Saturday, January 3, 2009

Gambitting Against the Nimzovich Defense

As I mentioned in my last post on his death, Hugh Myers once wrote a small piece for BDG WORLD. It's reprinted here, by request, from the July-August 1992 issue. I haven't checked Hugh's lines with the help of Rybka, but I imagine they'll stand up pretty well. At the end of this article Hugh announced the resurrection of his magazine, renamed The New Myers Openings Bulletin, which he continued until 1996. Gambitting Against the Nimzovich Defense By Hugh Myers I've had enough respect for the dangers of the BDG that I’ve advised 1.e4 Nc6 players to try to transpose away from it, for example with 1.d4 d5 2.e4 Nc6, or 1.d4 d5 2.Nc3 Nc6 3.e4 e6 (or 3...dxe4 4.d5 Ne5). But a determined gambit player can always can always find a way to play a gambit. An example of that is on p.33 of my book Nimzovich 's Defense to 1.e4, 1.e4 Nc6 2.d4 d5 3.Nc3 dxe4 4.d5 Ne5 5.f3 That book, written in 1985 and published in early 1986, was revised by me in 1989, with expectation of 1990 printing. For various reasons the publisher had to postpone it. Recently I did more updating of portions of it, as the publisher was optimistic that it would he published this year. That's still uncertain. Anyway, here is a sample, the rewritten 5.f3 section: 1.e4 Nc6 2.d4 d5 3.Nc3 dxe4 4.d5 Ne5 5.f3
We'll take separate looks at the gambit accepted and the gambit declined. (a) 5...exf3 This has been questioned since... 6.Nxf3 Nxf3+ 6...Ng6 7.Bc4 Nf6 8.0-0 Qd6 9.Be3 a6+/= +/=, Sherborne-Hutchinson, corres. 7.Qxf3 Nf6 8.Bf4 a6 9.h3 g6 10.g4 Bg7 11.0-0-0 +/- Milner-Barry - Mieses, Margate 1935 (1-0, 21). But accepting the gambit is not bad in the opinion of Lorenzo Buttari, who wrote the following analysis (there are minor additions by me) for the 10/87 issue of L'Italia Scacchistica. Moves are as in the main line above through 8.Bf4.
Then 8...Bg4 9.Bb5+ [9.Qd3 a6 then 10...Qd7 and 0-0-0;; 9.Qxg4 Nxg4 10.Bb5+ Qd7 11.Bxd7+ Kxd7; 9.Qg3 c6 and White's 0-0-0 has been delayed, but it's not clear, e.g. 10.Bg5 and I'm not sure if Bd7, Bh5, or Qd7 is best.] 9...c6 10.dxc6 [10.Qxg4 cxb5 11.Qf3 Qa5] 10...Bxf3 11.c7+ [11.cxb7+ Nd7] 11...Qd7 12.Bxd7+ Nxd7 13.gxf3 e5. Some of that might be questioned, but the main question is if White's position is worth a pawn. This is also pertinent to the variation 5.f4 exf3 ep. ( 1.e4 Nc6 2.d4 d5 3.Nc3 dxe4 4.d5 Ne5 5.f3) b) 5...e6 6.Qd4 6.Bf4 Ng6 7.Bg3 exf3, Harding; 6.fxe4 exd5 (6...Nf6= Harding) 7.exd5 Bd6 8.Qd4 Qe7 9.Ne4 Ng4 10.Be2 Be5, J. Littlewood-G. Kenworthy, England 1981, 0-1. 31: (6.Bb5+ c6 (6...Bd7 7.dxe6 Bxb5 8.exf7+ Kxf7 9.Qxd8 Rxd8 10.Nxb5 exf3 11.Nxf3 Nxf3+ 12.gxf3 c6 13.Nc3 = /= +, Faxon) 7.Bf4! cxb5! (7...Bd7 8.Bxe5 and 8.dxc6 answers other moves), and for some bizarre action see the rest of this game, Martin-Faxon, below. 6..Bd6 6...Nc6!? 7.Bb5 (7.Qxc4 Nf6 =/= +) exd5 8.Bf4 Bd7 9.Bxc6 Bxc6 10.0-0-0 Nf6 -/+ Frost-Kenworthy, England 1981; that could very well be Black's best choice after 6.Qd4, especially considering the new preferred move. 8.Qa4+, below. 7.f4 7.fxe4 exd5 8.exd5 Qc7 =/+; 7.Bf4 Nxf3+ 8.gxf3 Bxf4 9.Qxg7 Qf6 10.Qxf6 Nxf6 11.fxe4 Be5 = +/-+ 7...c5 8.Qa4+ 8.Qxe4 Nf6 9.Qa4+ Bd7 1O.Bb5 Ng6 11.dxe6 fxe6 and Harding suggested 12..Nf3 0-0, unclear. 8...Bd7 9.Bb5 a6 10.Bxd7+ Nxd7 l1.dxe6 fxe6 12.Qxe4 e5 13.Qxb7 Ngf6 14.Nh3 0-0 15.0-0 Kh8 15...c4 16.Qf3 +/- Black gets some compensation for his sacrificed pawn, but the messy position doesn’t compare well with one in which he's a pawn ahead. That 8.Qa4+ line is from Damele-Berni, 1983 correspondence championship. Now here is the game Martin-Faxon, referred to above. Critical marks and notes were based on those by Faxon. Martin,R - Faxon,W Team Match, Boston 1987 1228 / Nimzovich Defense 1.e4 Nc6 2.d4 d5 3.Nc3 dxe4 4.d5 Ne5 5.f3 e6 6.Bb5+ c6 7.Bf4! cxb5!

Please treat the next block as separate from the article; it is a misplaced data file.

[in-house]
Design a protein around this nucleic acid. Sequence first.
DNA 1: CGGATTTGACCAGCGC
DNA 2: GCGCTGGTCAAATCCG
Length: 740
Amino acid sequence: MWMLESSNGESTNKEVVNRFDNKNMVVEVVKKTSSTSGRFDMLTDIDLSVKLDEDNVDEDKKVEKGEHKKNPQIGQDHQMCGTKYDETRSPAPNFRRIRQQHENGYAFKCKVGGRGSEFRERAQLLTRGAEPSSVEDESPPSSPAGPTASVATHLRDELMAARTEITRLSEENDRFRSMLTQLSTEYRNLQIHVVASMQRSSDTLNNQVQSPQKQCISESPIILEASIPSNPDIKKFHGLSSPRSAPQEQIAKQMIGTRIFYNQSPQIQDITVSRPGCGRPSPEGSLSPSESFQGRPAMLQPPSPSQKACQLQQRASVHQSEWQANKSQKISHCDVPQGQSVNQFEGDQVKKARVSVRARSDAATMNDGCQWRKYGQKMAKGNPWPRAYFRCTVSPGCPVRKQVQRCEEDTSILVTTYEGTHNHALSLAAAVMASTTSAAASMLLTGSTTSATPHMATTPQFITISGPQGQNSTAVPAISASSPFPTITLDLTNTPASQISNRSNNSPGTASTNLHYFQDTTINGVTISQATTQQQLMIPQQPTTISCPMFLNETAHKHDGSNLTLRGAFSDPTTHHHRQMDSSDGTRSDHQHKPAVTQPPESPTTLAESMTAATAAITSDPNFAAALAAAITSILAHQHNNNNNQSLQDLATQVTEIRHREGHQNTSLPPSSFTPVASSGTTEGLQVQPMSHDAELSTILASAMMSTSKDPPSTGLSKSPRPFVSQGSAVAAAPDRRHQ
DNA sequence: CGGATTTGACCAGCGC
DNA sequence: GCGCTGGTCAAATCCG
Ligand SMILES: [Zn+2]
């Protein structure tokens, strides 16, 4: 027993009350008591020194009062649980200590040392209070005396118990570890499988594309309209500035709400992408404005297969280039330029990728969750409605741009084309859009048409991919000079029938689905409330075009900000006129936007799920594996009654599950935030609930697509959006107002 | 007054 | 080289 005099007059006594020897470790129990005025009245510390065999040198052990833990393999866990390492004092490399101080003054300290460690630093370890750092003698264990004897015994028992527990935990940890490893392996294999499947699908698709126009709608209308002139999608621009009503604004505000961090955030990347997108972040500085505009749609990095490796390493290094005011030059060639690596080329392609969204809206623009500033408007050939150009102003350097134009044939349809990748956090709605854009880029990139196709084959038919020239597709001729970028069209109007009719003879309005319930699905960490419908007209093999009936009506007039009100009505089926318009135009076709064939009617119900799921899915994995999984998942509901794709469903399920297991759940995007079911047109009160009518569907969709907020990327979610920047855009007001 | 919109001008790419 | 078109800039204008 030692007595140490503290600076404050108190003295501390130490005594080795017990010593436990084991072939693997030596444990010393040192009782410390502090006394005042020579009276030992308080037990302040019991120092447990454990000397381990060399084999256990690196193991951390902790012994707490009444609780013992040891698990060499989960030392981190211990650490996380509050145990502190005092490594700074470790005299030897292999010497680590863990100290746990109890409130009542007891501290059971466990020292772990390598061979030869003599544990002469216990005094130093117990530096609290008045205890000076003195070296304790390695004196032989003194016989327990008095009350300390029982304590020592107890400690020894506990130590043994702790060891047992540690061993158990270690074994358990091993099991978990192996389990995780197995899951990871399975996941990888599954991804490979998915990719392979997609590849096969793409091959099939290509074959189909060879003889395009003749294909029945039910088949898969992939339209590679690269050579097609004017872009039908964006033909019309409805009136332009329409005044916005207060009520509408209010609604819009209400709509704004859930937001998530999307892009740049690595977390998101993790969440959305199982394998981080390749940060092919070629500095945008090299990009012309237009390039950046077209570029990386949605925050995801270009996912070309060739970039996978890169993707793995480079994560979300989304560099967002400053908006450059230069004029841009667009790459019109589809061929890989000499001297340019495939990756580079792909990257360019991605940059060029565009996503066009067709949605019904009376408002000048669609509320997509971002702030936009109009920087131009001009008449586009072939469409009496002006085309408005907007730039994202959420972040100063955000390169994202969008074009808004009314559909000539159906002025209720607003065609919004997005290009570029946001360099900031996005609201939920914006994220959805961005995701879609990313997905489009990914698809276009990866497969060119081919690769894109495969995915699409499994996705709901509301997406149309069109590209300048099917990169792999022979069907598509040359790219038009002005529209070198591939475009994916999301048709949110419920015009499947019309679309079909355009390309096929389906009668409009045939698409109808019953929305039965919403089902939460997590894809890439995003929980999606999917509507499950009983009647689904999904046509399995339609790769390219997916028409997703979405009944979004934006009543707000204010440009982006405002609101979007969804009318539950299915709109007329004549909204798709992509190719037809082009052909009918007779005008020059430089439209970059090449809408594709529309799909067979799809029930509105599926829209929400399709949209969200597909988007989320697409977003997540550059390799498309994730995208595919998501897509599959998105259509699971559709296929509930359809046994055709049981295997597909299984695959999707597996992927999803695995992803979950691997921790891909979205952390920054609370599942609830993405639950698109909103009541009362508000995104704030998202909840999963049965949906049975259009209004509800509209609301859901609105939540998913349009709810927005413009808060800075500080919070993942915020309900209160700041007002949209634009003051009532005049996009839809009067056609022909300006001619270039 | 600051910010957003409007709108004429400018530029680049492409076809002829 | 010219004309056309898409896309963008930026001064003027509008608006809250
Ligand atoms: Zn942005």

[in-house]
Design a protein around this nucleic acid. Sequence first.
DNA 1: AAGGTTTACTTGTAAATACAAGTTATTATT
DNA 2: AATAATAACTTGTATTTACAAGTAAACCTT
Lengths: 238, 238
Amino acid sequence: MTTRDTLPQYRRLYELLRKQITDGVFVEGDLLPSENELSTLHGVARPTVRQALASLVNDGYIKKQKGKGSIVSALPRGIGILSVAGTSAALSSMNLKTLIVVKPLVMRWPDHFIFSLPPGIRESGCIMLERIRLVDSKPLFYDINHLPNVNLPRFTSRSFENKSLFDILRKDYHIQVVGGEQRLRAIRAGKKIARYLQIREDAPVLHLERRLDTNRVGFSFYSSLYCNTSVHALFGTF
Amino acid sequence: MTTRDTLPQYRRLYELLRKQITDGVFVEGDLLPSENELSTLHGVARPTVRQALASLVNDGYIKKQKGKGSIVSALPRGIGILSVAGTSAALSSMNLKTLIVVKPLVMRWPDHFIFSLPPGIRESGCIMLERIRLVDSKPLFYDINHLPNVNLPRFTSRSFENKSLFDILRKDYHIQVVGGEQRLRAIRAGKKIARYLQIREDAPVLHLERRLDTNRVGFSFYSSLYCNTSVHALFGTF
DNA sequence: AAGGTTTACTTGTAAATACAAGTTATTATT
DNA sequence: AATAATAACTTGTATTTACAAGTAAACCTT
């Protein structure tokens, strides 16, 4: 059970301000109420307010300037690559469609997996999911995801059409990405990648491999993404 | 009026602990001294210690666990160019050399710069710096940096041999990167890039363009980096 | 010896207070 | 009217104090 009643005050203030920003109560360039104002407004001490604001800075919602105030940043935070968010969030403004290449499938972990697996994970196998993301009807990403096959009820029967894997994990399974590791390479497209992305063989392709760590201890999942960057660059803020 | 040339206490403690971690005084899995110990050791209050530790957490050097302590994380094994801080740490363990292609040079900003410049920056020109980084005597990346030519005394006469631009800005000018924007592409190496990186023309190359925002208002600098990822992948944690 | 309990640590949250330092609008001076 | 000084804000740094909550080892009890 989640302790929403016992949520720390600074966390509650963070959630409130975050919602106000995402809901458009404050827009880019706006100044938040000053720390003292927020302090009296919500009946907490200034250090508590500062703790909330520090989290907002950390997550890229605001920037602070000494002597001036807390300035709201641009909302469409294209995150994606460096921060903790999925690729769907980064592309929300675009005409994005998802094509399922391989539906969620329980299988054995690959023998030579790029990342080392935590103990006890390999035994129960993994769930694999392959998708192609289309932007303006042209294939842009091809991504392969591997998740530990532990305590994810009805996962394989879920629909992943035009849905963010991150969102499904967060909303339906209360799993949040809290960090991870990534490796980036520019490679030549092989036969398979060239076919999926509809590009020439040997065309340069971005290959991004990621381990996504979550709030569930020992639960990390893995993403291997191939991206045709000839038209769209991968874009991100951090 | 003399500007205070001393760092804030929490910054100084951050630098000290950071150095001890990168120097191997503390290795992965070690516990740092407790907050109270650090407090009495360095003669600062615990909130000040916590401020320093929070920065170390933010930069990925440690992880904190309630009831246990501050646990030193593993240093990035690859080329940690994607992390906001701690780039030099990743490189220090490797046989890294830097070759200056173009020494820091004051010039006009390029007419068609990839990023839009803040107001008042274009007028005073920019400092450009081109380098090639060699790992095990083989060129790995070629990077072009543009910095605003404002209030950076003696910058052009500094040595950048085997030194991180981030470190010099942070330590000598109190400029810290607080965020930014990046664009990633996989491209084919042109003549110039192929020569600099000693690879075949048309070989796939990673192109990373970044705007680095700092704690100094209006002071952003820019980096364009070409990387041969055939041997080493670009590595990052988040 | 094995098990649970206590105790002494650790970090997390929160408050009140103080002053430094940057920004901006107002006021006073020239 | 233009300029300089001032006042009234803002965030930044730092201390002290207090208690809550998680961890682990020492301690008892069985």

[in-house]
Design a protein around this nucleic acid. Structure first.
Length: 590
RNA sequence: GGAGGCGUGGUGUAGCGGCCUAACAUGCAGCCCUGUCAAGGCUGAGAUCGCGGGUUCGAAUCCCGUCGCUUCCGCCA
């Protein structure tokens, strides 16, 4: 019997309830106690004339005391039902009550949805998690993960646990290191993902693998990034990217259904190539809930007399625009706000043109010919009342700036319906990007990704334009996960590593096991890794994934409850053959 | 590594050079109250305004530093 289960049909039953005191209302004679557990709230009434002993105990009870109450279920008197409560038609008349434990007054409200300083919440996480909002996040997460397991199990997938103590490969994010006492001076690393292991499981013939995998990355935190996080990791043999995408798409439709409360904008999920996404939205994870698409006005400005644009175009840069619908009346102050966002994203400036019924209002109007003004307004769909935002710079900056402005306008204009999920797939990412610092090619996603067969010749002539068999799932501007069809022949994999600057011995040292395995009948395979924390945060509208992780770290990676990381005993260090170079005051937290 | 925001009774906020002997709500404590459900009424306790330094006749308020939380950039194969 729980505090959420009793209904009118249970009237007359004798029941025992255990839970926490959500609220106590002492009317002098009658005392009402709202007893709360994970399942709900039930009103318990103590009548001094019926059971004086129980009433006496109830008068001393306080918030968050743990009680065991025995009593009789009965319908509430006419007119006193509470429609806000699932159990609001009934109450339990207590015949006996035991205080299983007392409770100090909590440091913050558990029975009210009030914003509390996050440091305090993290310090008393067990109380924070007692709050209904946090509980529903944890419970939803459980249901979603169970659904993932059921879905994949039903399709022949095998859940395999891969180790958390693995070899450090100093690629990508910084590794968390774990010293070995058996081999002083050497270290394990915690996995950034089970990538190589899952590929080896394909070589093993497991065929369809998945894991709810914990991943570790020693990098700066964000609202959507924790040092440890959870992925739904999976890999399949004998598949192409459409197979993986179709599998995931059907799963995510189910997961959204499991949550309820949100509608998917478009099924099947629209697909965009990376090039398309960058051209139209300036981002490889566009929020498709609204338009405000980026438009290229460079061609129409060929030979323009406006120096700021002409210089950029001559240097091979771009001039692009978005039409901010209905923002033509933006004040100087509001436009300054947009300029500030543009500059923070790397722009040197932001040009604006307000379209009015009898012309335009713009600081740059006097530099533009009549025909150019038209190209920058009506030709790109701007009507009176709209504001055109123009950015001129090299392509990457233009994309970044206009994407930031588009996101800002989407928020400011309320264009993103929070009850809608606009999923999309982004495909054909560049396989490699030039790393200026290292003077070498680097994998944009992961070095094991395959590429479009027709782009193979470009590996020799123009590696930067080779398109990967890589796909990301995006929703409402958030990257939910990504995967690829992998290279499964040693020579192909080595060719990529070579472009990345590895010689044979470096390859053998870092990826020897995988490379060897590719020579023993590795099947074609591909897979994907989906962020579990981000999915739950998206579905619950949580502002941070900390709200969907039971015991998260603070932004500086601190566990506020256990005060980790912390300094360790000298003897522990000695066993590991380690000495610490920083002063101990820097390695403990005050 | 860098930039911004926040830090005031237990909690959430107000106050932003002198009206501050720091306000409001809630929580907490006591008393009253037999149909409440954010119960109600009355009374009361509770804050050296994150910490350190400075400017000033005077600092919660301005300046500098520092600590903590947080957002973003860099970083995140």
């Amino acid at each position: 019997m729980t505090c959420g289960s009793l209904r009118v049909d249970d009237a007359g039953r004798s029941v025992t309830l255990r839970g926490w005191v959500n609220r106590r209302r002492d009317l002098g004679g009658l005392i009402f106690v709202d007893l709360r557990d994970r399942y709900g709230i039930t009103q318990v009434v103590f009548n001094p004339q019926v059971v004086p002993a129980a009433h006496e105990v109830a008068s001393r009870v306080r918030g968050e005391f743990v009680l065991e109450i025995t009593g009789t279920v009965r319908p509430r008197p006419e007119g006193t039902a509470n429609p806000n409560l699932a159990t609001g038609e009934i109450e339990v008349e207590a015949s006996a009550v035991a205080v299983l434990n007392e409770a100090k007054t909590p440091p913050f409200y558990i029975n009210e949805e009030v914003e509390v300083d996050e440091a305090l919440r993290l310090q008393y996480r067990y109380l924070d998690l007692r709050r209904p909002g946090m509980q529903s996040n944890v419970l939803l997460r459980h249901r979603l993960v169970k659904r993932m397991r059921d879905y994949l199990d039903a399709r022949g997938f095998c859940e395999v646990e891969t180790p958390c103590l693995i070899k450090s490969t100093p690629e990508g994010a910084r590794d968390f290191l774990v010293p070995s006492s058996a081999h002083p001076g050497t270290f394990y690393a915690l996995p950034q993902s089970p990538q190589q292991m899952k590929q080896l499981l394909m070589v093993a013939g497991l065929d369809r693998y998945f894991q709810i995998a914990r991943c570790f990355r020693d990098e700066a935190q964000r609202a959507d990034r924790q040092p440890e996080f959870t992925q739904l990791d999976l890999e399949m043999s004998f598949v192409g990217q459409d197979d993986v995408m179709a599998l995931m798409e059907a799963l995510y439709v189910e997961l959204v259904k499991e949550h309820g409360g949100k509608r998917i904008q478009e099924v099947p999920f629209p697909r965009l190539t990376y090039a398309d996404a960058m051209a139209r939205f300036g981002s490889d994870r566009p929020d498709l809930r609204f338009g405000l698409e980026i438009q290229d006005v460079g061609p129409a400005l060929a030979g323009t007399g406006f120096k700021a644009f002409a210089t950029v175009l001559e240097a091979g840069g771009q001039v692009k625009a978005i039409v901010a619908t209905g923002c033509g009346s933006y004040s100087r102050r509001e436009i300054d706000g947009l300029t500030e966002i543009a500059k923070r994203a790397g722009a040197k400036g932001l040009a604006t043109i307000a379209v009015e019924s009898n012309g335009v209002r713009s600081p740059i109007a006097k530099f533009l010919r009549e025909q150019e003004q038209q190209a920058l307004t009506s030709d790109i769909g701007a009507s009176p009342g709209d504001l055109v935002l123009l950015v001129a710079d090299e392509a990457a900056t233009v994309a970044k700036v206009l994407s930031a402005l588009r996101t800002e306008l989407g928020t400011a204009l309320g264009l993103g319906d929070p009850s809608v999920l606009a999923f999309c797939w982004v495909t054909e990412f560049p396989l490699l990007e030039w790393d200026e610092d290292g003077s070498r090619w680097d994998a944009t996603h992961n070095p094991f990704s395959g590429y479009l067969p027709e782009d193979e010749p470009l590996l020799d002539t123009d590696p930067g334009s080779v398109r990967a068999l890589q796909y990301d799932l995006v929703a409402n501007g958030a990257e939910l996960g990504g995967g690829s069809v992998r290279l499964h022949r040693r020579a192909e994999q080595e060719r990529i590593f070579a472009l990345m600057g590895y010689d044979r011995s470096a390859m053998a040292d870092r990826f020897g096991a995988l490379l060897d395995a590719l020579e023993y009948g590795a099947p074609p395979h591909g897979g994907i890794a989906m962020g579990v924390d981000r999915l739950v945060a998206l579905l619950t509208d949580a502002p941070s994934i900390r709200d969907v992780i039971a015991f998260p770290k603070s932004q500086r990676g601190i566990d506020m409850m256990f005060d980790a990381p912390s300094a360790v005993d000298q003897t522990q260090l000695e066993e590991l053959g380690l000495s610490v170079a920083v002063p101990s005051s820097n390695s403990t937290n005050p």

8.Bxe5 f6 8...a6 then b5-b4, Myers 9.Bg3 b4? 9...a6 10.fxe4 e5 Myers 10.Nb5 e5 11.d6 Kf7! 12.Nc7? 12.f4! 12...Rb8? 12...Qxd6! 13.Qd5+ Kg6 14.0-0-0 14.Rd1 14...Bd7 15.Qxe4+ 15.f4! 15...Kh5? 15...Bf5 16.Qxb4 Rc8 16.f4! Bxd6 17.Rxd6 Qxc7 18.f5? 18.fxe5 18...g5
19.fxg6 ep? 19.Bxe5! 19...Qxd6 20.g7 Nh6 21.gxh8Q Rxh8 22.Nf3 Bf5!? 23.Qe2! Bg4 24.h3 Bxf3 25.gxf3! Qa6! 26.Qd1 Qxa2 27.f4+ Kg6 28.Qd3+ Kg7 29.Rf1 e4! 30.Qd7+ Qf7 31.Rd1 Re8 32.Qa4 a6 33.Qxb4 Nf5 34.Rg1 Qd5 35.Be1+ Kf7 36.Bc3 Rd8 37.Qb6 Rd6 38.Qc7+ Ne7 39.Rg7+? Kxg7 40.Qxe7+ Kh6 41.Qf8+ Kh5 42.Qe8+ Kh4 0-1. The Myers Openings Bulletin hasn't been around since 1988 because of my heart condition and a consequent lack of funds for publishing. The situation has improved in all respects, and the largest MOB yet will be published no later than early September. It will consist mainly of original analysis of a good variety of unfashionable openings. Counting it as a double issue, I've decided on a price of $5.00 postpaid until November (prices of subscriptions or of later issues are not set). Copies will be sent to former subscribers after they let me know their current addresses. MOB back issues are all scarce, but most are available. Hugh Myers, 1605 E. 13 St., Davenport, IA 52803-3801